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“Sorry sir can’t take the details from this form” where it listed all the details of the train, its name, number, our names, ages, address, out and return dates and times, preferred class and berth, starting station, getting on station, getting off station. “You need to complete a new form”.

Its at this point I begin to lose it!

later, back home…..

what next?

Half the money has now gone. I suddenly have the realisation that at this rate we’ll not have enough cash to go on holiday next week. That’s why I bought the bloody train tickets.

half a rant

at the bank I asked for my pass book to be brought up to date but have to call back as recent entries are not in the book, is there are a problem? Sorry sir each update (printing of deposits and withdrawals in the book) can only have twenty entries per day/visit. So I have to go back to the bank tomorrow for another printing session to see the other deposit/withdrawal entries. What!? Really?

Farrell’s dodgy factoid and questioning.

I seriously wonder what would have happened if the UK Govt had unilaterally deleted ALL the five and twenty pound notes in circulation overnight and then severely restricted how many of the replacement notes each person could withdraw so they just didn’t have enough cash! Would we have been so accepting and tolerant?

Yesterday a guest managed to cash 2,000 Rs of old money at my bank and had indelible ink marked on his finger nail so that he couldn’t go to another bank to exchange more. Mad!?

 

its 2 am in the morning

It’s 2 am in the morning and I’ve just given the dog, Lucy a final walk of the day. In the shadows I noticed a mother and daughter, covered with shawls, scarves and carrying bags.Waiting tentatively for me to pass. Once I and the dog had passed by they continued on their journey.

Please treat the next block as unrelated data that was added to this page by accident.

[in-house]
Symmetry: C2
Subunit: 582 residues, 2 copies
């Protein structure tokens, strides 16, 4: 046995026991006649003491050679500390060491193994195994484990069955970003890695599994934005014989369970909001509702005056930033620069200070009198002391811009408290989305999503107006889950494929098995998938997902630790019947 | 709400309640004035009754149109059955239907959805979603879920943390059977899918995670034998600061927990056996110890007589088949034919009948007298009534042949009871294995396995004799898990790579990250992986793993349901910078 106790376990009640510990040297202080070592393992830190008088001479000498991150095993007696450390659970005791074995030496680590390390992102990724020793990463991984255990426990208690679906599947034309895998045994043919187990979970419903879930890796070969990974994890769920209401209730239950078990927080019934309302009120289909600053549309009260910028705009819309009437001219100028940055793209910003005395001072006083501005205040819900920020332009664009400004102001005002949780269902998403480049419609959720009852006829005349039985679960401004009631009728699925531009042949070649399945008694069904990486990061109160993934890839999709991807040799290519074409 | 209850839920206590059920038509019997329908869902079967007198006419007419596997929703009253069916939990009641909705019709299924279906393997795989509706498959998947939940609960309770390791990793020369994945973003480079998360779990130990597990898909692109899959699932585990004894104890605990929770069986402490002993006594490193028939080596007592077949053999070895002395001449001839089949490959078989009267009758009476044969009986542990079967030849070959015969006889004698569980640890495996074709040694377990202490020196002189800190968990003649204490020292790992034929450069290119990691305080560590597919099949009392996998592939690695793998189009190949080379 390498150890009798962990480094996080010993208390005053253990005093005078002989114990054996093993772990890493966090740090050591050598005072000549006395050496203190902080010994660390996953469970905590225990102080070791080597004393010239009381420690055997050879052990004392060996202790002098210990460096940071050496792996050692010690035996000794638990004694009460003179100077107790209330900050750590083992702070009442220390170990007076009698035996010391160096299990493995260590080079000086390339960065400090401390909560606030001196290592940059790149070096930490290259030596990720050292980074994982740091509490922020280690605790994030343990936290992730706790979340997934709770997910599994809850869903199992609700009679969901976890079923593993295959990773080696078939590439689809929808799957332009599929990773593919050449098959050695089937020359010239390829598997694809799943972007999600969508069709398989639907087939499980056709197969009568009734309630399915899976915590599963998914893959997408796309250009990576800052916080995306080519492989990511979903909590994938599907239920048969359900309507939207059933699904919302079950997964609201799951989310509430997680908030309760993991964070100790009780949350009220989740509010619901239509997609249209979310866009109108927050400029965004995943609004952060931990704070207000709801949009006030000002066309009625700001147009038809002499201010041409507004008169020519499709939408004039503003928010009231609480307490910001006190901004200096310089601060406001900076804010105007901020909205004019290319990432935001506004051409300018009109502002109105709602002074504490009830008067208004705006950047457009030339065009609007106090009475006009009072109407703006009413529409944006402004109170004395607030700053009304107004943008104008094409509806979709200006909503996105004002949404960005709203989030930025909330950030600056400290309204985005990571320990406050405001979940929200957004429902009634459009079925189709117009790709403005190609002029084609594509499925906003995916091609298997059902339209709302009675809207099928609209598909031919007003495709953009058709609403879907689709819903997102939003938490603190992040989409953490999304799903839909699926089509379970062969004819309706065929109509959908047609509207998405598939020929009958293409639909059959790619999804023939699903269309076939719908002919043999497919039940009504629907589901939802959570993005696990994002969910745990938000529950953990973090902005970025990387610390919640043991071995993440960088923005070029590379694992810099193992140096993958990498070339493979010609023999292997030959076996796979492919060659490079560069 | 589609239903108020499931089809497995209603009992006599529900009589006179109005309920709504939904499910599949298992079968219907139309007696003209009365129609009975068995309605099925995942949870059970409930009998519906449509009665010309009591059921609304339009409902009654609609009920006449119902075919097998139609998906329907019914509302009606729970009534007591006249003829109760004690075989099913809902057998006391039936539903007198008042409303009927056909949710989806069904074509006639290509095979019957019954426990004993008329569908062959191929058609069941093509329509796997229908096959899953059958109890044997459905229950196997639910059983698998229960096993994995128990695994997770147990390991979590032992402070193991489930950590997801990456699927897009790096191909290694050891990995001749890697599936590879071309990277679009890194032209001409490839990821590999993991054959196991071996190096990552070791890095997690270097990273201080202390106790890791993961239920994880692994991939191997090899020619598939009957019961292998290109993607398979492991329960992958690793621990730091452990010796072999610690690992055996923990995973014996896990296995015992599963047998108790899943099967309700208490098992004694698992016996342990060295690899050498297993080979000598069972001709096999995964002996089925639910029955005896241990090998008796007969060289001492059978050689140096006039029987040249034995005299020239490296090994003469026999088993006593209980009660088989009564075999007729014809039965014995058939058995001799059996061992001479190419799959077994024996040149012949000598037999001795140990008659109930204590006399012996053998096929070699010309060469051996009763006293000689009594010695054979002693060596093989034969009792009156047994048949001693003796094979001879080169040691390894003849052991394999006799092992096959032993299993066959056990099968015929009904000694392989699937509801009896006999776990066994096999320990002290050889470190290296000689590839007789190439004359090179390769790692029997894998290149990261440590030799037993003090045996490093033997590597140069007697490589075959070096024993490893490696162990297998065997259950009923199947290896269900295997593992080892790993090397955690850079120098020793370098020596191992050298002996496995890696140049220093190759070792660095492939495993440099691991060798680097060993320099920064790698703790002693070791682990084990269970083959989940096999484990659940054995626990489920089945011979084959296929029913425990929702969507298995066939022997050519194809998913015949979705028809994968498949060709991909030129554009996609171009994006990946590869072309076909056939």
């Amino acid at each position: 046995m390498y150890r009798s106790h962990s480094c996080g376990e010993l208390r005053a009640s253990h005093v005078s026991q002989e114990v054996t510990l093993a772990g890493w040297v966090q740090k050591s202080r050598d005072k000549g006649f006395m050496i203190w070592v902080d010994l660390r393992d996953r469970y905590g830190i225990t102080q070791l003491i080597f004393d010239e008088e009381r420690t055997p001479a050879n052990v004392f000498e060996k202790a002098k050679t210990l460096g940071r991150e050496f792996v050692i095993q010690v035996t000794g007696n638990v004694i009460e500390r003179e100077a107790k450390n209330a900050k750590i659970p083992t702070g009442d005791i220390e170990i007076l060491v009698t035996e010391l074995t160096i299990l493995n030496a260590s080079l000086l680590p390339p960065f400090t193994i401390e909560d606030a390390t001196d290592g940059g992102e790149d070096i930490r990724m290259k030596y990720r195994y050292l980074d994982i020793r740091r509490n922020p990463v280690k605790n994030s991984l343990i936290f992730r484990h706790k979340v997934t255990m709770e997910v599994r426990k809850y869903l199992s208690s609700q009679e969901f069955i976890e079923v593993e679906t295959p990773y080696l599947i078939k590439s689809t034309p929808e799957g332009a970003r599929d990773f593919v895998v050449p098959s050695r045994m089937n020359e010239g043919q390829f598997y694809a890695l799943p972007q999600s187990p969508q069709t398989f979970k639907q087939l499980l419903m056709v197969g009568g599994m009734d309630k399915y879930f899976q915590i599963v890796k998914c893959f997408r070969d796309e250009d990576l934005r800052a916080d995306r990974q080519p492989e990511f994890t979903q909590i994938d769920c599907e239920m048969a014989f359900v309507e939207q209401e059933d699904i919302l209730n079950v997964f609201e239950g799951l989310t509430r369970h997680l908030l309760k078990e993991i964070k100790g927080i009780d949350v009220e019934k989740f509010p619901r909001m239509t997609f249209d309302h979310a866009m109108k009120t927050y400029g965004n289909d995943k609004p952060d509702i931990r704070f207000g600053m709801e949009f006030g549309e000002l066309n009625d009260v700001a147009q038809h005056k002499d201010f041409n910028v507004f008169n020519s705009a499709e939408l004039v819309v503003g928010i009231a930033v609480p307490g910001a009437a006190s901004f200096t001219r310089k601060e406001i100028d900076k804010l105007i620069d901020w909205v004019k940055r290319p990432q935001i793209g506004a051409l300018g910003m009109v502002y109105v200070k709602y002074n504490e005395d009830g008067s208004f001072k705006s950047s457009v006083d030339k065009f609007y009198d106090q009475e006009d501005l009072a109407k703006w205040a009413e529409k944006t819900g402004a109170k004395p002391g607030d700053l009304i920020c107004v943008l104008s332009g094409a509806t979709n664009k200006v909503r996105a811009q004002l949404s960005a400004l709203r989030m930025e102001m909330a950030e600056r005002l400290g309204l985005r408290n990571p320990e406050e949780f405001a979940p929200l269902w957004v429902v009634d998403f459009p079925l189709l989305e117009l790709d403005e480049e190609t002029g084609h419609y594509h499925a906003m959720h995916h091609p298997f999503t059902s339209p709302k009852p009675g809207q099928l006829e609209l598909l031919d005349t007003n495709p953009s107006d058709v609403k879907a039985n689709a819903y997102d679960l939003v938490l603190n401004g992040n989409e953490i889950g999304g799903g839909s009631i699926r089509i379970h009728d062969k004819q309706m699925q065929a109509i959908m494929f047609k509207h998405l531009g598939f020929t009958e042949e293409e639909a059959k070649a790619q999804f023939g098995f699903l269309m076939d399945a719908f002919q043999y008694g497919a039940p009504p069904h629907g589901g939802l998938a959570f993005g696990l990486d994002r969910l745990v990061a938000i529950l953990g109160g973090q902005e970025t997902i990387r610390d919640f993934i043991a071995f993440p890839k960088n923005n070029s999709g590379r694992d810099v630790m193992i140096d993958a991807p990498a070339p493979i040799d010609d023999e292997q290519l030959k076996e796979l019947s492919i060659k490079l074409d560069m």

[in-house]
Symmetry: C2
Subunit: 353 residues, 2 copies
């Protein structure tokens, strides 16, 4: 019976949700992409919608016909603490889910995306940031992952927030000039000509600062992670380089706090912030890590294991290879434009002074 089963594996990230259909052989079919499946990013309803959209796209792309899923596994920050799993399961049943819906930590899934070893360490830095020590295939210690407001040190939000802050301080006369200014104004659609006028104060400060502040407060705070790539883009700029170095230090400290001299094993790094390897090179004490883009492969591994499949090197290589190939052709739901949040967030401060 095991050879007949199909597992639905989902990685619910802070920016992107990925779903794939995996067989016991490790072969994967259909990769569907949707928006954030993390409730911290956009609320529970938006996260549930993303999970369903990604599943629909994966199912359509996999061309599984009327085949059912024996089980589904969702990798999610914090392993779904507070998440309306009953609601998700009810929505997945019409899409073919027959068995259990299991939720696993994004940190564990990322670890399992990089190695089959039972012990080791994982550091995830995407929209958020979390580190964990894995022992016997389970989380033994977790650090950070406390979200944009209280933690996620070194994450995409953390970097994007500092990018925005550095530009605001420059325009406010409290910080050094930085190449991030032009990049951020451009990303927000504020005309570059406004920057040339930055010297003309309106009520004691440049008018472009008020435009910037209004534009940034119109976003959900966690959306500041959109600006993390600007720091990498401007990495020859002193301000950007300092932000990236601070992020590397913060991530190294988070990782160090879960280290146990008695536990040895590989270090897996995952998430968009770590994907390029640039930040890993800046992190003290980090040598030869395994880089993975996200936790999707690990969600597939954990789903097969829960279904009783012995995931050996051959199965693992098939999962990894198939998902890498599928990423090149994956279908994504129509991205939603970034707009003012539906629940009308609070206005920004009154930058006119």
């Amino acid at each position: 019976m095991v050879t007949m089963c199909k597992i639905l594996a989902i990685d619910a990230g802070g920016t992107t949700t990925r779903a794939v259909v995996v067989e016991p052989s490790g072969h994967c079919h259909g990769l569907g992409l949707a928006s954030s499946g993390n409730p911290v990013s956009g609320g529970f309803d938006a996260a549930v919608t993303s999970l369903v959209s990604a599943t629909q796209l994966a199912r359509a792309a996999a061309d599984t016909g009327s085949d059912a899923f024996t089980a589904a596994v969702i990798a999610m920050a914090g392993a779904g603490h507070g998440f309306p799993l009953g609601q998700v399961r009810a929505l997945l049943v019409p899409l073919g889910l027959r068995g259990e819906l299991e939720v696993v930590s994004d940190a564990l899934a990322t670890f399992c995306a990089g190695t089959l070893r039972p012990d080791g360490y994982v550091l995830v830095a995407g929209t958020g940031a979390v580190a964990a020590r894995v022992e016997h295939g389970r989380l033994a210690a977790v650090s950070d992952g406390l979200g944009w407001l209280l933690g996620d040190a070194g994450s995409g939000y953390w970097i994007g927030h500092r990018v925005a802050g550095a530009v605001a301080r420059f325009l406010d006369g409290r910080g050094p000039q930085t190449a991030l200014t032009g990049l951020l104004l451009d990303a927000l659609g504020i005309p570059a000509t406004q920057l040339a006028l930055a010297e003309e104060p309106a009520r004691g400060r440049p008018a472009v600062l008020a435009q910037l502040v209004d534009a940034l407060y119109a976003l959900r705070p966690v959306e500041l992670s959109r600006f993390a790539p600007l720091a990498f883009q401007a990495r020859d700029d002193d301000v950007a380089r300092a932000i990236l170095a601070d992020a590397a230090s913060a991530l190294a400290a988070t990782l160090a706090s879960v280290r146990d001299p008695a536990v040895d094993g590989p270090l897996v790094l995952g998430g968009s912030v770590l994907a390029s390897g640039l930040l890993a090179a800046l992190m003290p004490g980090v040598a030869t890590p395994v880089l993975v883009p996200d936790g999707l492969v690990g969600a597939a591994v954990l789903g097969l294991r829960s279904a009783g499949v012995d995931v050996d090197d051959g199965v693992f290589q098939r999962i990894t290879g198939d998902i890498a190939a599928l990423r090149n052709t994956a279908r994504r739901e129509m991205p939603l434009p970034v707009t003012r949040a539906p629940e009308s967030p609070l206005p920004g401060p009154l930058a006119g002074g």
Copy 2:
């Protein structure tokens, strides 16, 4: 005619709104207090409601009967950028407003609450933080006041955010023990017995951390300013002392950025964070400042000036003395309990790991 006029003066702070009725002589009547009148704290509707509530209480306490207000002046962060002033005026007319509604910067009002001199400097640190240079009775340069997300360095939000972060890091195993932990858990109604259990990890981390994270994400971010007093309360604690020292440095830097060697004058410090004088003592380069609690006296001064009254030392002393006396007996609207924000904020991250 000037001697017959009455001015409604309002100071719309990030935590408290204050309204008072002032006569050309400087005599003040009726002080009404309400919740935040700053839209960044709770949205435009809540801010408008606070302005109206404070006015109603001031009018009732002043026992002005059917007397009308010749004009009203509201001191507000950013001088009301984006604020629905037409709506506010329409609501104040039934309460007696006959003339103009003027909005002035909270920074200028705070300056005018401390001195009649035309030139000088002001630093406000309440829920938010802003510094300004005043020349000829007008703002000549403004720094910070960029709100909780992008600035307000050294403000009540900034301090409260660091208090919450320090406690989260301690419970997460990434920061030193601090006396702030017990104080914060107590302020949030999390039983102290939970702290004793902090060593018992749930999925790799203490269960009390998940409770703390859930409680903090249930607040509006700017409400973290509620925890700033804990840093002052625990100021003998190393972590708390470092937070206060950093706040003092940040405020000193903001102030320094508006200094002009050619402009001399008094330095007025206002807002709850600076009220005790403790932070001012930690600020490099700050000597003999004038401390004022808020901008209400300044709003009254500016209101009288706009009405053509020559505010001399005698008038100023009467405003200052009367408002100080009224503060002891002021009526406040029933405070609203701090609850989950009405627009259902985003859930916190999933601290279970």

Who are they? what are they doing?

As they continue to walk through the area I can hear the wild street dogs kicking off.  I guess that they are poor people just travelling through. It must be quite scary and daunting with barking dogs at most corners and now I’m back at home I hear the whistles in the distance of the policeman on their beat.

What must their life be like?

It makes me stop and reflect for a moment and think about those poor people and what I assume are very different and difficult lives.

I might live in India but as you might expect, in a middle class lifestyle and quite detached from the experience of many very poor people.

I recognise how important it is for me to not lose sight of the difficulties that people face and somehow to connect.

I think we should try

IMG_1143I still facilitate ‘training’ workshops for corporate clients. An absolutely critical part of the sessions is to help people see things from the others’ point of view. This is, of course,  not just relevant to business.

Alexander McCall Smith puts it like this….

“People tried to understand, and many did, but not everybody could make the imaginative leap that landed one in a position of another person, in their shoes, in their very garments, looking out on the world with their eyes, feeling what went on inside their hearts; being made to cry by the things that made them want to cry. That was easy in theory, but hard in practice. They pretended to understand because they could not know – not really know – what it was like to be the other. That was because it was not them. That was why they could not think that. It had to be you.”

in his novel: Trains and Lovers.

If I understand some of his teachings correctly the Dalai Lama shows that this is what compassion is about. Seeing things from the others’ point of view.

I know its hard but in life, it’s important that we should try.